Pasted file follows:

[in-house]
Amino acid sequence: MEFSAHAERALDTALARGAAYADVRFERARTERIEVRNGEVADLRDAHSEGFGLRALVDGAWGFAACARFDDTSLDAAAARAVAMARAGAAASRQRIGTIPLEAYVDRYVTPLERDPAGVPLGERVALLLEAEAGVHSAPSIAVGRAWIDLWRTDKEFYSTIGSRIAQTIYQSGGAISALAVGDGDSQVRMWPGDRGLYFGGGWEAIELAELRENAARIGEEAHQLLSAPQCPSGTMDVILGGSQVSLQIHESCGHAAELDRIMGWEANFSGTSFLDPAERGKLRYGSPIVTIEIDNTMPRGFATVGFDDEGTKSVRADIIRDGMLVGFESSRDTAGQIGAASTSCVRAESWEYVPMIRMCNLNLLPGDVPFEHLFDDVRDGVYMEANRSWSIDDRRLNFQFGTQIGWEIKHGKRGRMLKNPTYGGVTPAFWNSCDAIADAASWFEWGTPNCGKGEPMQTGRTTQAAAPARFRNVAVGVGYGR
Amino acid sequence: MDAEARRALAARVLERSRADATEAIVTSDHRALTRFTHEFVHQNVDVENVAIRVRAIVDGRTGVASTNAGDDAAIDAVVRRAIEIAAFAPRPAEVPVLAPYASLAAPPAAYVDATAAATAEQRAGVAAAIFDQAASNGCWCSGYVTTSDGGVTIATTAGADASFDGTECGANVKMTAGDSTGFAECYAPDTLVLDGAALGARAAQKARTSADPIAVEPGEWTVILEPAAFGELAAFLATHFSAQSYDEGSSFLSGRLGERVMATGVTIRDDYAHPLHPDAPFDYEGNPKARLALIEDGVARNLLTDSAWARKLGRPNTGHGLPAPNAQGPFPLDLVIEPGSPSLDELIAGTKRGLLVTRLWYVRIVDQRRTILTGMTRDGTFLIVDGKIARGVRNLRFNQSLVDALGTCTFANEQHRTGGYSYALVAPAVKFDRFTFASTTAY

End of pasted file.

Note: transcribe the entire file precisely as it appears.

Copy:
[in-house]
Amino acid sequence: MEFSAHAERALDTALARGAAYADVRFERARTERIEVRNGEVADLRDAHSEGFGLRALVDGAWGFAACARFDDTSLDAAAARAVAMARAGAAASRQRIGTIPLEAYVDRYVTPLERDPAGVPLGERVALLLEAEAGVHSAPSIAVGRAWIDLWRTDKEFYSTIGSRIAQTIYQSGGAISALAVGDGDSQVRMWPGDRGLYFGGGWEAIELAELRENAARIGEEAHQLLSAPQCPSGTMDVILGGSQVSLQIHESCGHAAELDRIMGWEANFSGTSFLDPAERGKLRYGSPIVTIEIDNTMPRGFATVGFDDEGTKSVRADIIRDGMLVGFESSRDTAGQIGAASTSCVRAESWEYVPMIRMCNLNLLPGDVPFEHLFDDVRDGVYMEANRSWSIDDRRLNFQFGTQIGWEIKHGKRGRMLKNPTYGGVTPAFWNSCDAIADAASWFEWGTPNCGKGEPMQTGRTTQAAAPARFRNVAVGVGYGR
Amino acid sequence: MDAEARRALAARVLERSRADATEAIVTSDHRALTRFTHEFVHQNVDVENVAIRVRAIVDGRTGVASTNAGDDAAIDAVVRRAIEIAAFAPRPAEVPVLAPYASLAAPPAAYVDATAAATAEQRAGVAAAIFDQAASNGCWCSGYVTTSDGGVTIATTAGADASFDGTECGANVKMTAGDSTGFAECYAPDTLVLDGAALGARAAQKARTSADPIAVEPGEWTVILEPAAFGELAAFLATHFSAQSYDEGSSFLSGRLGERVMATGVTIRDDYAHPLHPDAPFDYEGNPKARLALIEDGVARNLLTDSAWARKLGRPNTGHGLPAPNAQGPFPLDLVIEPGSPSLDELIAGTKRGLLVTRLWYVRIVDQRRTILTGMTRDGTFLIVDGKIARGVRNLRFNQSLVDALGTCTFANEQHRTGGYSYALVAPAVKFDRFTFASTTAY